The Tour was taken by Vincenzo Nibali, who apparently failed to notice that both Froome and Alberto Contador had crashed out, and won by the unnecessary margin of 7-37. La Course, the slightly apologetic one-day women’s race put on by the Tour organisers, was (perhaps inevitably) won by the best current pretender to the title of ‘World’s Greatest Cyclist’, Marianne Vos.
At the Commonwealths the following week, Sky Tour Plan B duly won gold in the team pursuit. Peter Kennaugh spent almost the full length of the men’s road race in a tactically baffling solo break, despite no less a directeur sportif than Mark Cavendish repeatedly telling him not to. He finished eighth of the 12 riders who made it to the line.
At the Tour of Britain, Alex Dowsett gained and then lost the leader’s jersey with two consecutive days that were equally spectacular, but for opposing reasons. Meanwhile, young British rider Tao Goeghegan Hart catapulted himself to stardom by misreading the final turn onto the seafront finish at Brighton and crashing into the crowd while travelling at fully 90 degrees to the direction involved in a less banzai approach. It’s comforting for the rest of us to reflect that whatever he goes on to win, up to and including the Tour and the Olympics, that’s what we’re all going to remember him for.
The World Champs were at the Western European pole of inaccessibility in the Spanish city of Ponferrada. “Where?” said the riders and team staff. Followed by “What the ****!” when they fished out their road atlases and it became clear that it was five hours from the nearest airport.
Britain’s Lizzie Armitstead arrived in the finishing straight of the women’s road race with just three other riders for company. After an extended round of, “After you, Elizabeth,” “No, after you Marianne, I insist,” accompanied by no one looking over their shoulder and exclaiming, “I say, ladies, is that the bunch bearing down upon us at 60kph?” the tactical acumen of four of the best riders in the world ensured that they finished third, seventh 10th and 14th.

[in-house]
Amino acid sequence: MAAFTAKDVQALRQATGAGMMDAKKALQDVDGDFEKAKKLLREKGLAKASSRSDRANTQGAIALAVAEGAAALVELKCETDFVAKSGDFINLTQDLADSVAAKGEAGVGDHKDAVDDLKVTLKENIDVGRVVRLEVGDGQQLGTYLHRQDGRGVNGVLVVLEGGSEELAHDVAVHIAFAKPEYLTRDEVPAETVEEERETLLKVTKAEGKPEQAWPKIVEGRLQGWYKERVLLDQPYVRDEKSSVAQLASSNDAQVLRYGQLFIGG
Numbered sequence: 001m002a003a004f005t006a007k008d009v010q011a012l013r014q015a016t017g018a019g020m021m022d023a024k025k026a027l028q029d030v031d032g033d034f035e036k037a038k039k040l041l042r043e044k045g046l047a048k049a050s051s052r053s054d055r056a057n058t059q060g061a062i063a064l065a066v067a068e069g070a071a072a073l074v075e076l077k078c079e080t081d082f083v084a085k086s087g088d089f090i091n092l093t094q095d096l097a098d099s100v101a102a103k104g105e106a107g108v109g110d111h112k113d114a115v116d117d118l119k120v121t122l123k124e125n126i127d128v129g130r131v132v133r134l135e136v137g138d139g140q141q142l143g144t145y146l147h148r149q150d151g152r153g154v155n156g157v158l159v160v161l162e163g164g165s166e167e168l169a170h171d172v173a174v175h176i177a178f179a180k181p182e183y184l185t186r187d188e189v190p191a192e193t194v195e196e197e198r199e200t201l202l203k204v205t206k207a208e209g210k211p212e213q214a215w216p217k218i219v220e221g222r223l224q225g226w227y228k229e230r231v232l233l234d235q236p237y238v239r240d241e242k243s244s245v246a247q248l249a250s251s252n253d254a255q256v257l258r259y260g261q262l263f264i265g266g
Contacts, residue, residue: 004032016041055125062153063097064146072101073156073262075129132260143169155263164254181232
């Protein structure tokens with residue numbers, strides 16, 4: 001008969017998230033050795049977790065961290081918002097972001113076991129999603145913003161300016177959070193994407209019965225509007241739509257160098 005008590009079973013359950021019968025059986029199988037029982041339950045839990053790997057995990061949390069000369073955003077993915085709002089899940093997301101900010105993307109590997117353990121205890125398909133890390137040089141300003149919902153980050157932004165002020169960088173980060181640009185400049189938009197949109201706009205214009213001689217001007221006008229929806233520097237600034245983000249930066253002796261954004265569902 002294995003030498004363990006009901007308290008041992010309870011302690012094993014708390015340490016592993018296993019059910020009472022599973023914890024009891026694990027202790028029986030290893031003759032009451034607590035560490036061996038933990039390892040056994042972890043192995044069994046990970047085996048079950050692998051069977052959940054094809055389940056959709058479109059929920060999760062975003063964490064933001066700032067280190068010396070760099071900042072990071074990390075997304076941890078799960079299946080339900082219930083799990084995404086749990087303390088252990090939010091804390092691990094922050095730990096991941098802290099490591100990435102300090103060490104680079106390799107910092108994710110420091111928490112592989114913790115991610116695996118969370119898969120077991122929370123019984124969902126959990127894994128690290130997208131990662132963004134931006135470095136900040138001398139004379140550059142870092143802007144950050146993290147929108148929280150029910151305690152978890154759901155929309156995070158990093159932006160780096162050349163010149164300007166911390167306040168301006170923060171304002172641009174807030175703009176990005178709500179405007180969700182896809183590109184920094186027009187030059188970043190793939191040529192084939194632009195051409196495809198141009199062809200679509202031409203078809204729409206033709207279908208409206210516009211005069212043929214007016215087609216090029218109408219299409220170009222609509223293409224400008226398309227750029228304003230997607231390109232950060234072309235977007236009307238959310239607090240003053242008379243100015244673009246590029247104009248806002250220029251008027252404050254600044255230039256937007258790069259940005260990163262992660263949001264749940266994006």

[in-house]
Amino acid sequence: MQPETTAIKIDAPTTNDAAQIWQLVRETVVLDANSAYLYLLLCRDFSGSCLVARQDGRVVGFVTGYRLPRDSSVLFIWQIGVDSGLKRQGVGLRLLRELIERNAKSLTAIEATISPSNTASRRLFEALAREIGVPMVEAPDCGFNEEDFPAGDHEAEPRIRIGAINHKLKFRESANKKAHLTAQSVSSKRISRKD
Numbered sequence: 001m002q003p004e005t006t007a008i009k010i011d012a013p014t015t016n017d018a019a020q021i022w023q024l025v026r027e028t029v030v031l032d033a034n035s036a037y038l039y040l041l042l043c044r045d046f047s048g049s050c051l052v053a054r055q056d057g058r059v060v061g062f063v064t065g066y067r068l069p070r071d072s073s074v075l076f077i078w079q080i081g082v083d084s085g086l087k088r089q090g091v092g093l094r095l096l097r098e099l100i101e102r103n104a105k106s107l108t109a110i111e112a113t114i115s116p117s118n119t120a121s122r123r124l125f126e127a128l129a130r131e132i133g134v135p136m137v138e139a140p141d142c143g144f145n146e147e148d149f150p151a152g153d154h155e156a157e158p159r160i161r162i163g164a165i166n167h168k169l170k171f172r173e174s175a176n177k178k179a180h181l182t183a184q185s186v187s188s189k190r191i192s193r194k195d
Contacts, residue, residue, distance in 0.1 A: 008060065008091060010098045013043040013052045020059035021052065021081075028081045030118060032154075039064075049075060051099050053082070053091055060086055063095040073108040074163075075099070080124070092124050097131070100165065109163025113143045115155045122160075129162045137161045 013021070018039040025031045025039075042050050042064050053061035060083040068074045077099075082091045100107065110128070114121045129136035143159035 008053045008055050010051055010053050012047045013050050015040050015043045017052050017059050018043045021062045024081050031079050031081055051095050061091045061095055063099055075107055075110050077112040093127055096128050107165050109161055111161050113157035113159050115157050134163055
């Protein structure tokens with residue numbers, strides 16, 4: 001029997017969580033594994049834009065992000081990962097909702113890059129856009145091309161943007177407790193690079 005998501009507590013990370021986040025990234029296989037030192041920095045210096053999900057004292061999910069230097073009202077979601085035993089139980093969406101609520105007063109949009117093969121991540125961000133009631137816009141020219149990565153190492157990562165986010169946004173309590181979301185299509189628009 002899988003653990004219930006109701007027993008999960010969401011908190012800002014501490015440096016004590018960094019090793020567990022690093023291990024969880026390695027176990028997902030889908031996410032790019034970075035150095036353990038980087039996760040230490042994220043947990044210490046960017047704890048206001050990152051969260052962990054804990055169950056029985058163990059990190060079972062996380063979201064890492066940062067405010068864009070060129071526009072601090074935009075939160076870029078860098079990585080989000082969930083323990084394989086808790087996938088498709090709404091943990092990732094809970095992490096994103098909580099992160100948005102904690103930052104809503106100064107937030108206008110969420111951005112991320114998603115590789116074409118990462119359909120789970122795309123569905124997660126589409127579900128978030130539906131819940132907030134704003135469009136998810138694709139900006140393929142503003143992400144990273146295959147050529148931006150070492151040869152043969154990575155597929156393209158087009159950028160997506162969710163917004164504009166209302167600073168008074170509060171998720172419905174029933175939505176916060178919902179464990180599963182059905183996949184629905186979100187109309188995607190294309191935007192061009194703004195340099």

The race was won by French rider Pauline Ferrand-Prévot, who was described by the international media as “unheralded”, which is a technical term for, “we had to check how to spell her name.”
The men’s race was won by Poland’s Michal Kwiatkowski, who sprung a surprise attack on the bunch. You might have expected the quality of this surprise to have been spoiled somewhat by the fact his entire team spent several hours on the front of the bunch grinding the early break back. But everyone very politely pretended they hadn’t noticed that.
The most unexpected act of the year was when the UCI attached electrodes to the long-dead corpse of the Hour record, and shocked it back to life. A change of rules allowed Jens Voigt to utter a final cry of “shut up legs” and set a new record. It was less, in fact, only the ninth-greatest distance ever covered on a bicycle in an hour. However, this is the sort of footling technicality that the UCI takes in its stride these days.
Voigt’s record only lasted six weeks before unheralded Austrian Matthias Brändle broke it, with the seventh-greatest distance ever recorded. In his case, “unheralded” means, “we know how to spell it, but we have no idea how to pronounce it.”
And finally, Bradley Wiggins did indeed win the Tour of California.